As a baby boomer, I have benefited from the massive investments made in the 1950s in education and public health in Europe. For me, it is essential both to give back to society what I have received and to ensure that future generations have the same opportunities. 

My motivation and actions, in general, are guided by deep personal values, notably those of the Scout laws. Taking on the presidency of Enfants du Monde is a way for me to put these values into practice and actively contribute to the education and health of children worldwide. 

The main challenges of Enfants du Monde.

Your commitment to child protection has been evident throughout your career. Do you believe that much has been achieved since the Geneva Declaration of 1924, or would you say there is still much to be done? 

The Geneva Declaration of 1924 was fundamental for child protection, giving rise to organizations that are still active today. However, despite these advancements, much remains to be done. The goal would be for all nations to assume their responsibilities fully and spontaneously towards children, prioritizing education, and public health in their legislation and, most importantly, in their budgets, ahead of armament. 

What do you see as the main challenges facing Enfants du Monde in the coming years? 

One of the main challenges is to integrate education and health in fragile and conflicting contexts. This requires the adoption of a tripartite approach called NEXUS, which combines development aid, humanitarian action, and peacebuilding.  And unfortunately, we are now in a context of decreasing public funding, so it is crucial to rationalize available resources and maximize the impact of each contribution to support children’s education and health, particularly in these emergency situations.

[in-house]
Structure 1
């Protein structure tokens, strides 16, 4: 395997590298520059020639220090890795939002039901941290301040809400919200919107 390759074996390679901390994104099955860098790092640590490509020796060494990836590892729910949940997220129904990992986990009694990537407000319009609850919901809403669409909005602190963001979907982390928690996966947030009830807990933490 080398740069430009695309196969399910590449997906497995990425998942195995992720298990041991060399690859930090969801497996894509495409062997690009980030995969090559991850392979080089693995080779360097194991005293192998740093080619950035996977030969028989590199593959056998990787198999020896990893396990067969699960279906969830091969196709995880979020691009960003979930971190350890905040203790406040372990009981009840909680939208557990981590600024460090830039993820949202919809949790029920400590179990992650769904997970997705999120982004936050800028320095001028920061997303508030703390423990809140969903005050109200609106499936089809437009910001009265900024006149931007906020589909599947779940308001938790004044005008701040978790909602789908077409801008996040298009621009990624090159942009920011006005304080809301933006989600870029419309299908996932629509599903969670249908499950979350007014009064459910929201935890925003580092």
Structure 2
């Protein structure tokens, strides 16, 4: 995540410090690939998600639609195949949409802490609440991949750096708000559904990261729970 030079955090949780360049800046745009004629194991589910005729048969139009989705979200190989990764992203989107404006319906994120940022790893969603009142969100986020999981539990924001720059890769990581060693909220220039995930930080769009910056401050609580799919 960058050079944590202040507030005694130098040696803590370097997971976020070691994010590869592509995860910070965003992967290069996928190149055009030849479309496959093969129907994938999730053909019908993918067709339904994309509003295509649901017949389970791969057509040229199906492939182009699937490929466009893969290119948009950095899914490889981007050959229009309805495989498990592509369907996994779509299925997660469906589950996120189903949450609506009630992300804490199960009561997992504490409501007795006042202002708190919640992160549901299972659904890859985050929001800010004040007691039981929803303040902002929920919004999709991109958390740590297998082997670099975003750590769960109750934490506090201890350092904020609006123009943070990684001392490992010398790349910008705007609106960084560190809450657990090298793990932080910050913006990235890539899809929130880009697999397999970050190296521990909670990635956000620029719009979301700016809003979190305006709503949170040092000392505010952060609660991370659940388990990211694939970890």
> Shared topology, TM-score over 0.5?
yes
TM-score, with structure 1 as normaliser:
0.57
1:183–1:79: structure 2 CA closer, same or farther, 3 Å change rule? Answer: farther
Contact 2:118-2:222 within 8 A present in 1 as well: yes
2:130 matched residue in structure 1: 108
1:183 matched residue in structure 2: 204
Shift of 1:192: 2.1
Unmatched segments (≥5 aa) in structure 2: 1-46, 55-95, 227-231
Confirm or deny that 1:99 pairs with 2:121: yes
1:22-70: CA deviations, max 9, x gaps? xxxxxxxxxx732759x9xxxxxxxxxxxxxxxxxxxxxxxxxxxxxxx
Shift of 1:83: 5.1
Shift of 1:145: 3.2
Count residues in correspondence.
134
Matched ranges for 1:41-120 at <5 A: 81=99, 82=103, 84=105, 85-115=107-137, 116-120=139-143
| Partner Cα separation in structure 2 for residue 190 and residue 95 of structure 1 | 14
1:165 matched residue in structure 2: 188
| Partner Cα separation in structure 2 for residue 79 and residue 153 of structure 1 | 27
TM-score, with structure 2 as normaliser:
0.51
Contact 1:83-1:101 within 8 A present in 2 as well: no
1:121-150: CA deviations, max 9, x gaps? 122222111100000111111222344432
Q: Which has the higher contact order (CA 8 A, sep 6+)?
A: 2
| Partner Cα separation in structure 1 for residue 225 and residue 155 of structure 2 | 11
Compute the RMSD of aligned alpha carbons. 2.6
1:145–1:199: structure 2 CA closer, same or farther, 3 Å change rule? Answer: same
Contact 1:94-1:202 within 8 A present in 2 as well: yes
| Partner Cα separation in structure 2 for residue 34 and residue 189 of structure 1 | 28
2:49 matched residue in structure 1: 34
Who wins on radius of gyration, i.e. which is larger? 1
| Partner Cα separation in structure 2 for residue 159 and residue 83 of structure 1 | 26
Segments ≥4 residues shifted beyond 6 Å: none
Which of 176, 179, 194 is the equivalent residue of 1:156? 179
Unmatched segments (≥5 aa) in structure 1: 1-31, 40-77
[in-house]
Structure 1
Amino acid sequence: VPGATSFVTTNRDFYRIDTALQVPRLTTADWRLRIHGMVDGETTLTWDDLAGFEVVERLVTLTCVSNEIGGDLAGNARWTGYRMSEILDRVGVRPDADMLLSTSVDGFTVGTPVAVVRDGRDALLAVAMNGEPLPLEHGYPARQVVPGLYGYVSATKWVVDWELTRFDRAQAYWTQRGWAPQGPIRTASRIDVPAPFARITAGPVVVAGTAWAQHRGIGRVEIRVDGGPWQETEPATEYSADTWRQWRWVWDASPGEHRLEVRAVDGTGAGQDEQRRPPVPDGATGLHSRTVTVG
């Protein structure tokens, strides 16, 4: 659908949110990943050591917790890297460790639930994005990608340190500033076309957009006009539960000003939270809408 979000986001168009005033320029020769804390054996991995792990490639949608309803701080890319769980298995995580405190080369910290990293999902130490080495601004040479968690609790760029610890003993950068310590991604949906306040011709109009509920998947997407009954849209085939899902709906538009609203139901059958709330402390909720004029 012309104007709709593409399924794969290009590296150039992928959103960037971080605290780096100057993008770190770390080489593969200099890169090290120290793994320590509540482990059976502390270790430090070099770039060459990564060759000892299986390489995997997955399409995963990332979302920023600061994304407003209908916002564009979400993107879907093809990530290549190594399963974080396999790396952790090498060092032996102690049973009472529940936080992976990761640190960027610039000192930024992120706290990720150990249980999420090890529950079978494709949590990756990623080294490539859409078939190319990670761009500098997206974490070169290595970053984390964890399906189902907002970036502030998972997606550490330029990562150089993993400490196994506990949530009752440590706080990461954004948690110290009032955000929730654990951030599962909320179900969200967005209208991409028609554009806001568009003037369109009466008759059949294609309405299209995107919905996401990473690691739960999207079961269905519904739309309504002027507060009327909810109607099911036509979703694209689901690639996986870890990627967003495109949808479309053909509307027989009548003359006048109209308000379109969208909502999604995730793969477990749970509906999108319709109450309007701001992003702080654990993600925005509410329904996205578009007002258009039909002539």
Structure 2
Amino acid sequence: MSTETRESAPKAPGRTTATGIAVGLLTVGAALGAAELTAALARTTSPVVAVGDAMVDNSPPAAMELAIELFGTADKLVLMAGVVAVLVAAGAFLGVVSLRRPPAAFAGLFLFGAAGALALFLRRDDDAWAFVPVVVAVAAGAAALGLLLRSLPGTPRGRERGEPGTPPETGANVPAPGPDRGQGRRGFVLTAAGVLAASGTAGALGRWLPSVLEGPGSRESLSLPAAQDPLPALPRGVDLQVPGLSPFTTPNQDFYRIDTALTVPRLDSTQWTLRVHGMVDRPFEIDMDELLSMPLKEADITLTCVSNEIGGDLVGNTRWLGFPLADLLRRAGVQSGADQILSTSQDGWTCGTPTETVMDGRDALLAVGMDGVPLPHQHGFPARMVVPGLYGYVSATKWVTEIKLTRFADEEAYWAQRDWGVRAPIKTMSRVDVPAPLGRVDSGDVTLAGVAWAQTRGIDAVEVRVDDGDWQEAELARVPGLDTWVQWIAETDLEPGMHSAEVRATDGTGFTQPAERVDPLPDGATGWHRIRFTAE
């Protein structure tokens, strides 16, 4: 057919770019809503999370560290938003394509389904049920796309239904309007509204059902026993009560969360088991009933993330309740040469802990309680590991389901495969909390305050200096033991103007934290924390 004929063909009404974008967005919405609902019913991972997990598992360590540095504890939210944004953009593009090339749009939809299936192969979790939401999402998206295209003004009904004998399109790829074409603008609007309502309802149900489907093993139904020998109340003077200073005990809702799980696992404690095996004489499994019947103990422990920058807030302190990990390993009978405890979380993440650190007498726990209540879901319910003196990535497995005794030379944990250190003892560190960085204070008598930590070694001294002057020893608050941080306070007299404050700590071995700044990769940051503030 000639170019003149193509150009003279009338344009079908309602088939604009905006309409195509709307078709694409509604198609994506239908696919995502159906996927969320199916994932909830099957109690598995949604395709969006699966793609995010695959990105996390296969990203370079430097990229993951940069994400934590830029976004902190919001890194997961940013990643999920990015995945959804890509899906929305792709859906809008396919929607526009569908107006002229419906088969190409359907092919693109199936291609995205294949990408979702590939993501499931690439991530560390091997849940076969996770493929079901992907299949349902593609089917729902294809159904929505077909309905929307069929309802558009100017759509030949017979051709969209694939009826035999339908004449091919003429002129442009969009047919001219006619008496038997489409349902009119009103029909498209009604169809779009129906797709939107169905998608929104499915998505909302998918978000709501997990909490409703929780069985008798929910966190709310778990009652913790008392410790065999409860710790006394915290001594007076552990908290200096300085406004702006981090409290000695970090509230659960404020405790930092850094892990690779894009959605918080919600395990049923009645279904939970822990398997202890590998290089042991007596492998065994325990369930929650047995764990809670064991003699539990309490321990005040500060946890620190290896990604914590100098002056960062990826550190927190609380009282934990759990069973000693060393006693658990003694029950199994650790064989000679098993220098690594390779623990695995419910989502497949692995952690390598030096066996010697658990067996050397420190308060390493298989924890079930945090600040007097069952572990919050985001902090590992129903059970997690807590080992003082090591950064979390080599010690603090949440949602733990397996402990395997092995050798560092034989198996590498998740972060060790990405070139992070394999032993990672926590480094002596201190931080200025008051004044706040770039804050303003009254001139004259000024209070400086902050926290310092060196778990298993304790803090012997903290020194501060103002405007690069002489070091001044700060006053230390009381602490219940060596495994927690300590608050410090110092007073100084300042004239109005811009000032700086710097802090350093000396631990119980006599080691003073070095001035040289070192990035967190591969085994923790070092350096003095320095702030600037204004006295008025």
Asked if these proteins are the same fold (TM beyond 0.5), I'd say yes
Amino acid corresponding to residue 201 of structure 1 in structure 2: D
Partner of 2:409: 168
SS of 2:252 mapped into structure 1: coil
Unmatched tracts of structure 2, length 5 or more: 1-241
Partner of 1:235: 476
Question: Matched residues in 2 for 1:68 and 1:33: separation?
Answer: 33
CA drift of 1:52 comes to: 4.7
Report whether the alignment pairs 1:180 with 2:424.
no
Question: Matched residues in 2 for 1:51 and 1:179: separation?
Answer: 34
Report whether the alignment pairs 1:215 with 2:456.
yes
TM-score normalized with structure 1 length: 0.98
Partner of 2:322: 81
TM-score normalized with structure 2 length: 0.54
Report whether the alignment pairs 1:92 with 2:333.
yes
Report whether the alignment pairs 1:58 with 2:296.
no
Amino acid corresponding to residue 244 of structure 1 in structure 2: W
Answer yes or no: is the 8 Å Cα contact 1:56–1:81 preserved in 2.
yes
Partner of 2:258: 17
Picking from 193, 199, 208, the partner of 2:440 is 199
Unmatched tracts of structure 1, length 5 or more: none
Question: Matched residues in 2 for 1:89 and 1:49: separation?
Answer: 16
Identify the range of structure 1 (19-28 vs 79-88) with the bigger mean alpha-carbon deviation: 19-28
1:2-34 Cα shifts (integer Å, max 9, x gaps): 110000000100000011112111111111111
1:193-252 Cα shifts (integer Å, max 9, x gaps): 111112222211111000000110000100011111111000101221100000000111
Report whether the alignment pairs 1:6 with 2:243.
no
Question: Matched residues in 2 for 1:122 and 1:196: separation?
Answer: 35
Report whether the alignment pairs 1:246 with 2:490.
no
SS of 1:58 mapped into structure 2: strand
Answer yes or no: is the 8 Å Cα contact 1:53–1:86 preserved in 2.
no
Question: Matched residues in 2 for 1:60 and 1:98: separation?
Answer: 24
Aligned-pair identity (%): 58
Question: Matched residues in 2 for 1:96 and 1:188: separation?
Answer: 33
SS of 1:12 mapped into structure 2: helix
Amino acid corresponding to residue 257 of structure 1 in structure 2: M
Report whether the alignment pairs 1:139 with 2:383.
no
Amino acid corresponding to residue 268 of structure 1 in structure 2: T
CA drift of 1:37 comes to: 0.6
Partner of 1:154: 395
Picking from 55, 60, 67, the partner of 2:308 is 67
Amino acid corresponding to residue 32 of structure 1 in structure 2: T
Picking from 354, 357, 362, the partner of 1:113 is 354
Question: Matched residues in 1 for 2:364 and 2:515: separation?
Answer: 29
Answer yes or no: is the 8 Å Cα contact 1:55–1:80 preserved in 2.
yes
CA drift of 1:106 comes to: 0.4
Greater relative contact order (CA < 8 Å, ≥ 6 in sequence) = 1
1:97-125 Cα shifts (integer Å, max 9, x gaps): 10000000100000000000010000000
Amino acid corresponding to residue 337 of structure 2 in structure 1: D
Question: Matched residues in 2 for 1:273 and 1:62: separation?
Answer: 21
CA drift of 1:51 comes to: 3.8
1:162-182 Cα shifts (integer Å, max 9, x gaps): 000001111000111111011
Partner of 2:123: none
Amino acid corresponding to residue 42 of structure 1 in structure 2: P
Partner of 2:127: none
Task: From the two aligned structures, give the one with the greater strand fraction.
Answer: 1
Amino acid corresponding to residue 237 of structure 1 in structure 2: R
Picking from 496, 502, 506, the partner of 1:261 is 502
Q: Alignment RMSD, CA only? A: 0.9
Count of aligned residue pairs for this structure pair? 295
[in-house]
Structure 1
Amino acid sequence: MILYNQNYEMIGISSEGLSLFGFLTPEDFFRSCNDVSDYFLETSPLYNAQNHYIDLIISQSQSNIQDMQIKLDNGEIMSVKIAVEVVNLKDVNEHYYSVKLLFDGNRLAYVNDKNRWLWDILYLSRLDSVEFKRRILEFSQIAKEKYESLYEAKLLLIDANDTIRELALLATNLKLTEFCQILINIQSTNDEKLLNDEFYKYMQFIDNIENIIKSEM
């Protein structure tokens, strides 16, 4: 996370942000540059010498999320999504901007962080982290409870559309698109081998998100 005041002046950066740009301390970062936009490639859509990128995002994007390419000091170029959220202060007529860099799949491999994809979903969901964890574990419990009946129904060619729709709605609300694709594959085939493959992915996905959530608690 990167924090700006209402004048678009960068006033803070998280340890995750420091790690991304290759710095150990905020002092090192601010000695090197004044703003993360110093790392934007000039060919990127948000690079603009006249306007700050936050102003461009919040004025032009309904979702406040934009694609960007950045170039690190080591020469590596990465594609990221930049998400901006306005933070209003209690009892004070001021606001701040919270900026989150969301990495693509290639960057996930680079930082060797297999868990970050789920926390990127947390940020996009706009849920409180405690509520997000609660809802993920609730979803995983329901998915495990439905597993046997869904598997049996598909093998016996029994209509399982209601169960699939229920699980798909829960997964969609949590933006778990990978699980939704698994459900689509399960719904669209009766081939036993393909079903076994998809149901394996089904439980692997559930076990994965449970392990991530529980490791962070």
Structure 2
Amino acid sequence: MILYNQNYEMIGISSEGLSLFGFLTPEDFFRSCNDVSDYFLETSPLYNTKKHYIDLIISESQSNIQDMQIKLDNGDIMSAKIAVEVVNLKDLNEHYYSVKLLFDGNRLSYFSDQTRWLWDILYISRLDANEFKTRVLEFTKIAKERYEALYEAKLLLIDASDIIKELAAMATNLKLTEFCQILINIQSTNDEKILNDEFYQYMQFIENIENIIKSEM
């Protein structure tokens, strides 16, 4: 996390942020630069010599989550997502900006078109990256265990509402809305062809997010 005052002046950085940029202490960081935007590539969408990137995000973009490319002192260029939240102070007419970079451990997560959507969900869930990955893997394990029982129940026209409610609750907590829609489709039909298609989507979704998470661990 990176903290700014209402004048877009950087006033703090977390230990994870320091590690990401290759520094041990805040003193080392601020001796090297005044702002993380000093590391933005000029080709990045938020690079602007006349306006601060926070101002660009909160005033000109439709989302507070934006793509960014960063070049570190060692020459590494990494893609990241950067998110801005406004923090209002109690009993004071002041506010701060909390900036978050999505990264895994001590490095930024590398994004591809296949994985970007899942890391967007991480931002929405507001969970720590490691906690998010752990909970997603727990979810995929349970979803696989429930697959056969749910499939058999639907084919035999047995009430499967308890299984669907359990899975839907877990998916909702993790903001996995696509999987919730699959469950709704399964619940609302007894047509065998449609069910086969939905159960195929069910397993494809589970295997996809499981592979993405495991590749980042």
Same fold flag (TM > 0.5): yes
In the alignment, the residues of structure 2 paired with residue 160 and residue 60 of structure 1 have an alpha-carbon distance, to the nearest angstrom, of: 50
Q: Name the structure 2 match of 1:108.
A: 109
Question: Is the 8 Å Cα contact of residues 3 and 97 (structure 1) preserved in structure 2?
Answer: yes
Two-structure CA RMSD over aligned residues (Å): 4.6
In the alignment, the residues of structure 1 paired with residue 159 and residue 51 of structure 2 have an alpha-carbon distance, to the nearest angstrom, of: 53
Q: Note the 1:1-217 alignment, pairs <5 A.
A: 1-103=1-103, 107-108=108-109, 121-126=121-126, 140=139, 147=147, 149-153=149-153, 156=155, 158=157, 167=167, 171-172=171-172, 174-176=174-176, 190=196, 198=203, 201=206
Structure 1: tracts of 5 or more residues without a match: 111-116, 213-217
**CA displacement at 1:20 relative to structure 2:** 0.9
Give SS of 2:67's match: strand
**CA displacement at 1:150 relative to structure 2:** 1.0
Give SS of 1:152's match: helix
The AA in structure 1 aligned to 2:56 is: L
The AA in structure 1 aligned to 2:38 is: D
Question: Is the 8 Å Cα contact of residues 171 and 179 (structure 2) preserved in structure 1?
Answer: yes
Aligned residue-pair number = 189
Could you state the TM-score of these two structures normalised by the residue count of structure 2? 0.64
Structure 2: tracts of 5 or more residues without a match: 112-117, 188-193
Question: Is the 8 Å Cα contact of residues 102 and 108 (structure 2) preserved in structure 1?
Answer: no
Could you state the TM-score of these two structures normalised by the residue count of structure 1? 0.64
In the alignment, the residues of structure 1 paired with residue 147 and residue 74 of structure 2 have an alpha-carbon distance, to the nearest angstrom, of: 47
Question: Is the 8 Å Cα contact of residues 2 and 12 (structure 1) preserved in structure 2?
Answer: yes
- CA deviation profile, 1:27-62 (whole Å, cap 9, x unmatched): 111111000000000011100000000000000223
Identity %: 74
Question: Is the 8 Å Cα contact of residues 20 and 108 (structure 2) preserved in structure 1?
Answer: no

Another key challenge is to remember that, under international law, adolescents remain children until they turn 18. It is vital to take their sexual and reproductive health into account and to provide them with a comprehensive education on sexuality, drawing on their traditions and cultures to illustrate the scientific basis underpinning this education. Our aim is to save lives, for example by preventing the deaths of 17-year-old “girl-mothers” from hemorrhaging during repeated early pregnancies, or by protecting 15-year-olds from HIV infection. These are sensitive issues, both in the field with our partners and with our donors, and we must maintain everyone’s trust by adopting a correct and balanced approach to preserve the central place of child protection. 

What is your vision for tackling this? 

I’m pragmatic and idealistic. So, I want the management and teams of Enfants du Monde to feel increasingly supported by their committee. Together, we must ensure that our programs have a significant impact on development and peace in the most fragile contexts, guaranteeing lasting and positive effects for current and future generations.